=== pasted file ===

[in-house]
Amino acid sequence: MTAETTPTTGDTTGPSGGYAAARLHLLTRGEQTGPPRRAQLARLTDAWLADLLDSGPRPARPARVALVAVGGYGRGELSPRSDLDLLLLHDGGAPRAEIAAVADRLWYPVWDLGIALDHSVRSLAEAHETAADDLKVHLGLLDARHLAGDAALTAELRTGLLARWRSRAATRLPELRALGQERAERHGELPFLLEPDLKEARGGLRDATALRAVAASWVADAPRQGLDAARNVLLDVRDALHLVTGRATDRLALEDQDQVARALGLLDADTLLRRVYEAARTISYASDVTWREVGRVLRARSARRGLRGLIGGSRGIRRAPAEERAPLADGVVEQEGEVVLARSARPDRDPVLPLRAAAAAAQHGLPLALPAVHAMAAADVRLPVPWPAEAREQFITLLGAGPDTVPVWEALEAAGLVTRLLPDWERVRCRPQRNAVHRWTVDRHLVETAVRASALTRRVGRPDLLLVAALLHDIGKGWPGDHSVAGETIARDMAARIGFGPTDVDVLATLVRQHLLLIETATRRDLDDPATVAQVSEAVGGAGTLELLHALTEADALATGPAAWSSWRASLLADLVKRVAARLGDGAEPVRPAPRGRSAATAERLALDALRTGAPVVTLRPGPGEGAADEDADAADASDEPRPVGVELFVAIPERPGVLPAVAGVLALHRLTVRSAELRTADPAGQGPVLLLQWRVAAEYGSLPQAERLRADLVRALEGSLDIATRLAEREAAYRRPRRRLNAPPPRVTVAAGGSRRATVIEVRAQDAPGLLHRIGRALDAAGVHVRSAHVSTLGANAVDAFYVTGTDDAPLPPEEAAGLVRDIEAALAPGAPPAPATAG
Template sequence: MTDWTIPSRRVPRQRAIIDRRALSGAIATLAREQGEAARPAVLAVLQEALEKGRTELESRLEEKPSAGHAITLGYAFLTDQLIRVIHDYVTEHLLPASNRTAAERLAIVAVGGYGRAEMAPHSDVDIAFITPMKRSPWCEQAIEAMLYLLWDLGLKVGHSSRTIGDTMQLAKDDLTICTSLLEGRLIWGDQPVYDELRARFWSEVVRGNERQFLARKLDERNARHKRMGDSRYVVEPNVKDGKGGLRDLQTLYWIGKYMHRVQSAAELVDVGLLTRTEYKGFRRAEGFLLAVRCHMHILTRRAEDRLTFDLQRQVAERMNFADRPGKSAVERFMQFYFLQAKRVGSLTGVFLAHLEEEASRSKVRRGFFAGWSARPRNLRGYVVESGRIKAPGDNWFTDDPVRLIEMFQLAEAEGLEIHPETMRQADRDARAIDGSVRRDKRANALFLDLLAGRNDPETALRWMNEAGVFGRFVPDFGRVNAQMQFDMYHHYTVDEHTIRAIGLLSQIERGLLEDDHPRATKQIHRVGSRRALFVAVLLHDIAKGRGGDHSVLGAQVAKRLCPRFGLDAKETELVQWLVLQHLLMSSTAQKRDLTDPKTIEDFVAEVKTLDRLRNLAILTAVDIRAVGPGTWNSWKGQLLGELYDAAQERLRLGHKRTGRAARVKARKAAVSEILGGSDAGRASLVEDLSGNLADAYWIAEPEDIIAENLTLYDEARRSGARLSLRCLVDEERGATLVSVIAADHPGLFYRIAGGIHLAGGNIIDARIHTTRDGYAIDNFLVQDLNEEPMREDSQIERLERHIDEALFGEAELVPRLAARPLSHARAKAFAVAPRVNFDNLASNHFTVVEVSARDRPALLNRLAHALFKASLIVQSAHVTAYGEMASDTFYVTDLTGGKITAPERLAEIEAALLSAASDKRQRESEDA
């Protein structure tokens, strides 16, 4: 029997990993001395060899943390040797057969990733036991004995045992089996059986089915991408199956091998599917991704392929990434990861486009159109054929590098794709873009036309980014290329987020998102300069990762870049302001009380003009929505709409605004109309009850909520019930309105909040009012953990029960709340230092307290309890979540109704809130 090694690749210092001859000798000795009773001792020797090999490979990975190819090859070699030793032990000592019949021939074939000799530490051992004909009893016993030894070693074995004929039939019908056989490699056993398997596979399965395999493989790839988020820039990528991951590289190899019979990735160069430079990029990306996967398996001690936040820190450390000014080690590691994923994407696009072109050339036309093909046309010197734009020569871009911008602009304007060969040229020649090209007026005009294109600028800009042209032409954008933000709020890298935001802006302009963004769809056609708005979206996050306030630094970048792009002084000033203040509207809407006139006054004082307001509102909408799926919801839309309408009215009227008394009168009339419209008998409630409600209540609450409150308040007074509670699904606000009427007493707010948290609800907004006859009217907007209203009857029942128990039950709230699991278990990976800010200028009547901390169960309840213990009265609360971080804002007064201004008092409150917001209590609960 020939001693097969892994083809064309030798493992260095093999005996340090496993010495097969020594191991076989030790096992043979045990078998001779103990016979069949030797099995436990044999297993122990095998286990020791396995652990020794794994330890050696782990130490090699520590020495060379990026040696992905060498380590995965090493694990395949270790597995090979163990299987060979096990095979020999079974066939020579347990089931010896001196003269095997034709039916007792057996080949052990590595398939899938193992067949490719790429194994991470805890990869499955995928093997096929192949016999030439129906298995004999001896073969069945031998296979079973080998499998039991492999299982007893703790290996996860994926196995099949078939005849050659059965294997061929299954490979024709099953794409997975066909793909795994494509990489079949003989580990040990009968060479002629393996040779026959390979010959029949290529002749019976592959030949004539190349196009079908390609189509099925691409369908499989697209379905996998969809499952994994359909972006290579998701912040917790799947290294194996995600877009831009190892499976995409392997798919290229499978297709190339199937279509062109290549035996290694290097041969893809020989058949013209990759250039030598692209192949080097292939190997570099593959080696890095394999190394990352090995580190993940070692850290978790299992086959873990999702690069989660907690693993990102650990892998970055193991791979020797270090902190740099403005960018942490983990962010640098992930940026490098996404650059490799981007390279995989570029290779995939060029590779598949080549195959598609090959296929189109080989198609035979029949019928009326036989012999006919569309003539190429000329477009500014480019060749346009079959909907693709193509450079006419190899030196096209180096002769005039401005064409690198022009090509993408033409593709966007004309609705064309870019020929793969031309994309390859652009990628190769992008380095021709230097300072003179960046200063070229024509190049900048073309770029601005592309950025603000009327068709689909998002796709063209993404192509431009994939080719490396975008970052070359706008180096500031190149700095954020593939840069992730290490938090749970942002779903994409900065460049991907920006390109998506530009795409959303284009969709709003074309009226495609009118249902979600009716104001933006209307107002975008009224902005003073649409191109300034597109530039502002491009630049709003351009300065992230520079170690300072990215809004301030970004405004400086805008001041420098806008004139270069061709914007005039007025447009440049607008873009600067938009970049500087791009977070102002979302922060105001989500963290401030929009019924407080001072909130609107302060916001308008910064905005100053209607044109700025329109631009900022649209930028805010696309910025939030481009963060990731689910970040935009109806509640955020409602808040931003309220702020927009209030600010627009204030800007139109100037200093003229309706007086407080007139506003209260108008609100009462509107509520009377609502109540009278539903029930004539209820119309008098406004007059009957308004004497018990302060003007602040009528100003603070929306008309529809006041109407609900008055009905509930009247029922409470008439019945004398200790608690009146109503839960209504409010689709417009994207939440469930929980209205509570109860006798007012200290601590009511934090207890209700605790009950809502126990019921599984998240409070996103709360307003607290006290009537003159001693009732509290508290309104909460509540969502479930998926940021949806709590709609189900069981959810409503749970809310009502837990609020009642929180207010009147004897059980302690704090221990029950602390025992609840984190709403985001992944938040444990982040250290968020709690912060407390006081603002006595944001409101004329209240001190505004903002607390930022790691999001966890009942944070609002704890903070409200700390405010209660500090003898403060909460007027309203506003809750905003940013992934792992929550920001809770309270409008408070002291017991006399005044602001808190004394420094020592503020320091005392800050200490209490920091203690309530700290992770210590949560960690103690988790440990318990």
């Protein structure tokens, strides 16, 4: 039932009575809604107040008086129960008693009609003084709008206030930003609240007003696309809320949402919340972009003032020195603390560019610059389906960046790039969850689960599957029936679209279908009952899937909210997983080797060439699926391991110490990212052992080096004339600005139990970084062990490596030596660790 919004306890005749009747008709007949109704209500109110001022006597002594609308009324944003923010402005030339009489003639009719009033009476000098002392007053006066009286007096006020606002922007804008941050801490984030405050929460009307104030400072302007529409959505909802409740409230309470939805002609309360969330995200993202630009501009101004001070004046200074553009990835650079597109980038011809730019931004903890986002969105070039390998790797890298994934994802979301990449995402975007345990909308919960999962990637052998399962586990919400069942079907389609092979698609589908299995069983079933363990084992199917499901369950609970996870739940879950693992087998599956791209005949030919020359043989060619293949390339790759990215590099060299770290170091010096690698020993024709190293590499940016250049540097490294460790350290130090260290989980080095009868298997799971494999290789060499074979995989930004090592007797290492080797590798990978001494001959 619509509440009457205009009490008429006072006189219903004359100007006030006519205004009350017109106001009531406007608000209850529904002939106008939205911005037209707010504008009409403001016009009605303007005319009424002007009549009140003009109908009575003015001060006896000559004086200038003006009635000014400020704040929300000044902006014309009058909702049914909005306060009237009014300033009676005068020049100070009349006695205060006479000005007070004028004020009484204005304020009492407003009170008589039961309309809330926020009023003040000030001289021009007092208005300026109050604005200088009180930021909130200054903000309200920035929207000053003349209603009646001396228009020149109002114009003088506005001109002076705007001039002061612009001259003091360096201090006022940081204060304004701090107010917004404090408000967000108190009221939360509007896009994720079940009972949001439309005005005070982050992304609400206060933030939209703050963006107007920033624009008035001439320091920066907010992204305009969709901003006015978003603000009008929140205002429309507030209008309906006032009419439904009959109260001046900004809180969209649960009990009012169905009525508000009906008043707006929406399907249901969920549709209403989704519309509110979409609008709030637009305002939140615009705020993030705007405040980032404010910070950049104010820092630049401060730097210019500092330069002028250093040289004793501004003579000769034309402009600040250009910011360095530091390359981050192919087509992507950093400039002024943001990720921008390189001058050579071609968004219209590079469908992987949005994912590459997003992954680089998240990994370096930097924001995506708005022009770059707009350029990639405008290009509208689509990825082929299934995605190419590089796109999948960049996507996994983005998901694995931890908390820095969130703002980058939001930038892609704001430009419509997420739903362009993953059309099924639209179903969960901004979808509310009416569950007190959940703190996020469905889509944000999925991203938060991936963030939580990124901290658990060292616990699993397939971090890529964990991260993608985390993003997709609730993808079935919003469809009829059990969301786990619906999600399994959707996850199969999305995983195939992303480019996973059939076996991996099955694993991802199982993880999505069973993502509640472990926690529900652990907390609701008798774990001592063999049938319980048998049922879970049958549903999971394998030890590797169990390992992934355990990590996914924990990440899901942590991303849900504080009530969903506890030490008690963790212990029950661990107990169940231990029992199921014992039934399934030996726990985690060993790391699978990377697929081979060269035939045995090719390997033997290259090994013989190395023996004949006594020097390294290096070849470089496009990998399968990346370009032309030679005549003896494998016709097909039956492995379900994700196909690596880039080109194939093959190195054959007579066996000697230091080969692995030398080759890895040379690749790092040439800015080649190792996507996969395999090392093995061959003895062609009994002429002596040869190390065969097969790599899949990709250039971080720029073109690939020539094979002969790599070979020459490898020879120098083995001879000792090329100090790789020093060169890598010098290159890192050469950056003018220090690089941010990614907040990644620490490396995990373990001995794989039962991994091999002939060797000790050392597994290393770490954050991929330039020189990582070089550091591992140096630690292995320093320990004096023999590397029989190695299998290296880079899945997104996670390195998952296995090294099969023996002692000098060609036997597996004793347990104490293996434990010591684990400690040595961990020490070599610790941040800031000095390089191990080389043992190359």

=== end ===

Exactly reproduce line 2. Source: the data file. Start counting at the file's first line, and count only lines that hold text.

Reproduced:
Amino acid sequence: MTAETTPTTGDTTGPSGGYAAARLHLLTRGEQTGPPRRAQLARLTDAWLADLLDSGPRPARPARVALVAVGGYGRGELSPRSDLDLLLLHDGGAPRAEIAAVADRLWYPVWDLGIALDHSVRSLAEAHETAADDLKVHLGLLDARHLAGDAALTAELRTGLLARWRSRAATRLPELRALGQERAERHGELPFLLEPDLKEARGGLRDATALRAVAASWVADAPRQGLDAARNVLLDVRDALHLVTGRATDRLALEDQDQVARALGLLDADTLLRRVYEAARTISYASDVTWREVGRVLRARSARRGLRGLIGGSRGIRRAPAEERAPLADGVVEQEGEVVLARSARPDRDPVLPLRAAAAAAQHGLPLALPAVHAMAAADVRLPVPWPAEAREQFITLLGAGPDTVPVWEALEAAGLVTRLLPDWERVRCRPQRNAVHRWTVDRHLVETAVRASALTRRVGRPDLLLVAALLHDIGKGWPGDHSVAGETIARDMAARIGFGPTDVDVLATLVRQHLLLIETATRRDLDDPATVAQVSEAVGGAGTLELLHALTEADALATGPAAWSSWRASLLADLVKRVAARLGDGAEPVRPAPRGRSAATAERLALDALRTGAPVVTLRPGPGEGAADEDADAADASDEPRPVGVELFVAIPERPGVLPAVAGVLALHRLTVRSAELRTADPAGQGPVLLLQWRVAAEYGSLPQAERLRADLVRALEGSLDIATRLAEREAAYRRPRRRLNAPPPRVTVAAGGSRRATVIEVRAQDAPGLLHRIGRALDAAGVHVRSAHVSTLGANAVDAFYVTGTDDAPLPPEEAAGLVRDIEAALAPGAPPAPATAG